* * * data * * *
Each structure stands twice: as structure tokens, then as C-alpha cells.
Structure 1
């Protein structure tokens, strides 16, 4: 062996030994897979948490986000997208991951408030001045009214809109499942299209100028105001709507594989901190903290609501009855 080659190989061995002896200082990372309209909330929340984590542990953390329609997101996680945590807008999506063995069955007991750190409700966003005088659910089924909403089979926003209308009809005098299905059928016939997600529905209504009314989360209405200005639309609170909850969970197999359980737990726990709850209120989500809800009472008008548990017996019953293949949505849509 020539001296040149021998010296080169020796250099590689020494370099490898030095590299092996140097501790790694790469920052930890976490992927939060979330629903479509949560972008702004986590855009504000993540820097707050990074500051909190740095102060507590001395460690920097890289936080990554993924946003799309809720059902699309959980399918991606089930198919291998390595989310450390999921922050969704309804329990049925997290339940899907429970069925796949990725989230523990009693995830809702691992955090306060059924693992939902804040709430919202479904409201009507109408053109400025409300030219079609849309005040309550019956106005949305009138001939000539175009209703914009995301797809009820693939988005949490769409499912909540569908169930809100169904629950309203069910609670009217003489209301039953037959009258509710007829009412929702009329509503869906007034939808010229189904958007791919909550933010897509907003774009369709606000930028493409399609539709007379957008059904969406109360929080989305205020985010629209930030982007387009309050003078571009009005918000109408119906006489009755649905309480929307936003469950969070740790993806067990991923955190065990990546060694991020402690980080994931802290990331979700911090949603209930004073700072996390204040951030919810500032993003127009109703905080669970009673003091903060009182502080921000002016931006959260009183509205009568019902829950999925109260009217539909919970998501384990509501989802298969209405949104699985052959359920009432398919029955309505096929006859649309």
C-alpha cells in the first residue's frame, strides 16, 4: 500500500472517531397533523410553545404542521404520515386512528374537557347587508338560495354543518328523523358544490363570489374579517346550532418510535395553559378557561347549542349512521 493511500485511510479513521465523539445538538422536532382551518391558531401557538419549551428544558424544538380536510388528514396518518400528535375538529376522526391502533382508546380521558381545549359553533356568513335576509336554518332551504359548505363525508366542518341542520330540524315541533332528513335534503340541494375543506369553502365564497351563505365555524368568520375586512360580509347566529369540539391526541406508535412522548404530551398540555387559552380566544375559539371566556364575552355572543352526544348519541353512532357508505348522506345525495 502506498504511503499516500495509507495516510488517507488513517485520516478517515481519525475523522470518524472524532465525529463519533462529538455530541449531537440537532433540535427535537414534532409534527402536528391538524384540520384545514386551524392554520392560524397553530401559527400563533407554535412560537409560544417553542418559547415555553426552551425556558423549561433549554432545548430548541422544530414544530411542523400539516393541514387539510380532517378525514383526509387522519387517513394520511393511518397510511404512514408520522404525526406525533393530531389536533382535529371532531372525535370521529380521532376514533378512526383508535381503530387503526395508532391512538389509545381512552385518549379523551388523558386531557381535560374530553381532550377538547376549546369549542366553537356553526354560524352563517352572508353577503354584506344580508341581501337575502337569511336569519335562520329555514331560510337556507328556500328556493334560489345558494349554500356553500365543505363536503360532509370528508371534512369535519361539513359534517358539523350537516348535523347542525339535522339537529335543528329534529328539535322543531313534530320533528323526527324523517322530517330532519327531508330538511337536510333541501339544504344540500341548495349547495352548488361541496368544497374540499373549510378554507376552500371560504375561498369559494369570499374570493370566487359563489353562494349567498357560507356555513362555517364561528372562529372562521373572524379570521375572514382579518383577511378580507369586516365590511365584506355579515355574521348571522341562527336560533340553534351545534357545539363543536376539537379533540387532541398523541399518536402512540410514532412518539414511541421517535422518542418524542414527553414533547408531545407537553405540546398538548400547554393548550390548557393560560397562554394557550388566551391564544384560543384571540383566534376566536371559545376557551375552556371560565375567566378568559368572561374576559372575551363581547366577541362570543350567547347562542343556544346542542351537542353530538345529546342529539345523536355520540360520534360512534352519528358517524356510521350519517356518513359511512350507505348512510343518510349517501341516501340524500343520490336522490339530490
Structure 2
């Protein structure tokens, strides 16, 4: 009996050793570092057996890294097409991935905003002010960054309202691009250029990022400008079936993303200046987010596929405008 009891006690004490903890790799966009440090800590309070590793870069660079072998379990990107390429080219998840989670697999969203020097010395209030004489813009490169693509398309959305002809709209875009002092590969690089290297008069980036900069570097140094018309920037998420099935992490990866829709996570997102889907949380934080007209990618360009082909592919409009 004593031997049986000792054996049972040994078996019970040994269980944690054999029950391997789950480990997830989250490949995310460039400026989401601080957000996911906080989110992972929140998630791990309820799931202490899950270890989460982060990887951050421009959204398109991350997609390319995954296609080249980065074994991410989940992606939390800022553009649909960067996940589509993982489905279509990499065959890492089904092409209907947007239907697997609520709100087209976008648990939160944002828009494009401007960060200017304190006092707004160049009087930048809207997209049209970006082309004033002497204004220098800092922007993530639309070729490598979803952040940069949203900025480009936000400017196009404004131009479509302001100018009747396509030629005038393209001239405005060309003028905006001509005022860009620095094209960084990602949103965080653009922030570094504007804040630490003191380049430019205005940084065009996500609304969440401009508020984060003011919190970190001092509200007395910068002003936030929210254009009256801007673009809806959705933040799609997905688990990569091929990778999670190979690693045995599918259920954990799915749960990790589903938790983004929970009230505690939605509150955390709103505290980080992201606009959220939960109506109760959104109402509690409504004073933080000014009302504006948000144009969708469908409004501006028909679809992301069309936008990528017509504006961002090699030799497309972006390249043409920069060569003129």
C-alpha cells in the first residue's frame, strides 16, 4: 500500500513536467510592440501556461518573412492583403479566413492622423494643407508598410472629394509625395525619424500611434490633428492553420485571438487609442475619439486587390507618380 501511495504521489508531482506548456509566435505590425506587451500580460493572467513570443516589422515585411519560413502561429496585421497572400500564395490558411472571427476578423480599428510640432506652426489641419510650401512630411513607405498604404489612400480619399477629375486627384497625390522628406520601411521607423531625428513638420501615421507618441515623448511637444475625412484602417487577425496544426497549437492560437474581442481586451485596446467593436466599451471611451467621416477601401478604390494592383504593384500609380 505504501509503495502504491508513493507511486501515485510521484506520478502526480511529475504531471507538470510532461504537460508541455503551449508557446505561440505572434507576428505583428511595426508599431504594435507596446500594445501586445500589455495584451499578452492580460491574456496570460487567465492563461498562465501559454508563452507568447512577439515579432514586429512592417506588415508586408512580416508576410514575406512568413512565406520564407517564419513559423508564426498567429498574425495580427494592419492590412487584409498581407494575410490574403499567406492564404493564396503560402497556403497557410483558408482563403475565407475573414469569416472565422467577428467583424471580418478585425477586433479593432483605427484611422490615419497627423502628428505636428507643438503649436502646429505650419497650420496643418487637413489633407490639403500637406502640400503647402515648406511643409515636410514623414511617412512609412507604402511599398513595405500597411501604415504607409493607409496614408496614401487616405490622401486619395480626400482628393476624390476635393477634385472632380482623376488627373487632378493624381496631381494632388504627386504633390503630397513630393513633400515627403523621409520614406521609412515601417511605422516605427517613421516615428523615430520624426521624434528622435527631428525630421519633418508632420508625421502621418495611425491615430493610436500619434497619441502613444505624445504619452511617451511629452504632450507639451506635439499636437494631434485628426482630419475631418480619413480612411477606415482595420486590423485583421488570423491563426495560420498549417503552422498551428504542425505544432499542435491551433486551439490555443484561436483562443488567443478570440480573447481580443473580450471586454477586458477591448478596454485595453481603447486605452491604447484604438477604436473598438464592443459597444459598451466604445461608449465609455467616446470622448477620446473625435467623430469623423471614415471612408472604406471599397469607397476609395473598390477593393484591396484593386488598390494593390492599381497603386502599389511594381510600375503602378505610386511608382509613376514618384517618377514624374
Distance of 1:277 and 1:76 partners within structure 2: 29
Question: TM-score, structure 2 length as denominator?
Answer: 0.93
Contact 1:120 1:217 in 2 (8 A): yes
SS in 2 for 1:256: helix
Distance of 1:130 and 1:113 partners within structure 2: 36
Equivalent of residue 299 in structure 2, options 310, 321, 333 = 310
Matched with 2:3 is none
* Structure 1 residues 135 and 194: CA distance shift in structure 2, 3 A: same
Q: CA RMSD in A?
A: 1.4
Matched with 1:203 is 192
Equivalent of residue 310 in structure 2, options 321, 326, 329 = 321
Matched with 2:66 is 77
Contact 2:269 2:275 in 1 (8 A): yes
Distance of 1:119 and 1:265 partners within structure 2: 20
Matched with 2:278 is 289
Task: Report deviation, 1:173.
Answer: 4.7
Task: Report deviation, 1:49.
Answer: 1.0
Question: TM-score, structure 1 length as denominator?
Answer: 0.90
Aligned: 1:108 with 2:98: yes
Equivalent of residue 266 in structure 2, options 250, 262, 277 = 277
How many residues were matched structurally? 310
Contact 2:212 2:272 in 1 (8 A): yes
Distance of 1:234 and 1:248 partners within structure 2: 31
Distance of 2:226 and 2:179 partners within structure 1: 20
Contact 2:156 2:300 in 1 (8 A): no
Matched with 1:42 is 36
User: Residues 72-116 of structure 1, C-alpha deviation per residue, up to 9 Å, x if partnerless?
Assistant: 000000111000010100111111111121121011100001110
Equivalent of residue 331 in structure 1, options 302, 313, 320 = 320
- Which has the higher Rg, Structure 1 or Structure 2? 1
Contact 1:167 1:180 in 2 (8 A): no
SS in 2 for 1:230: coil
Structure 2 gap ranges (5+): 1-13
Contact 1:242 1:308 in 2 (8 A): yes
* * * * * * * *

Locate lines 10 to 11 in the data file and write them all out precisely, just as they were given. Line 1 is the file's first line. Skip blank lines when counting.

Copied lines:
Answer: 0.93
Contact 1:120 1:217 in 2 (8 A): yes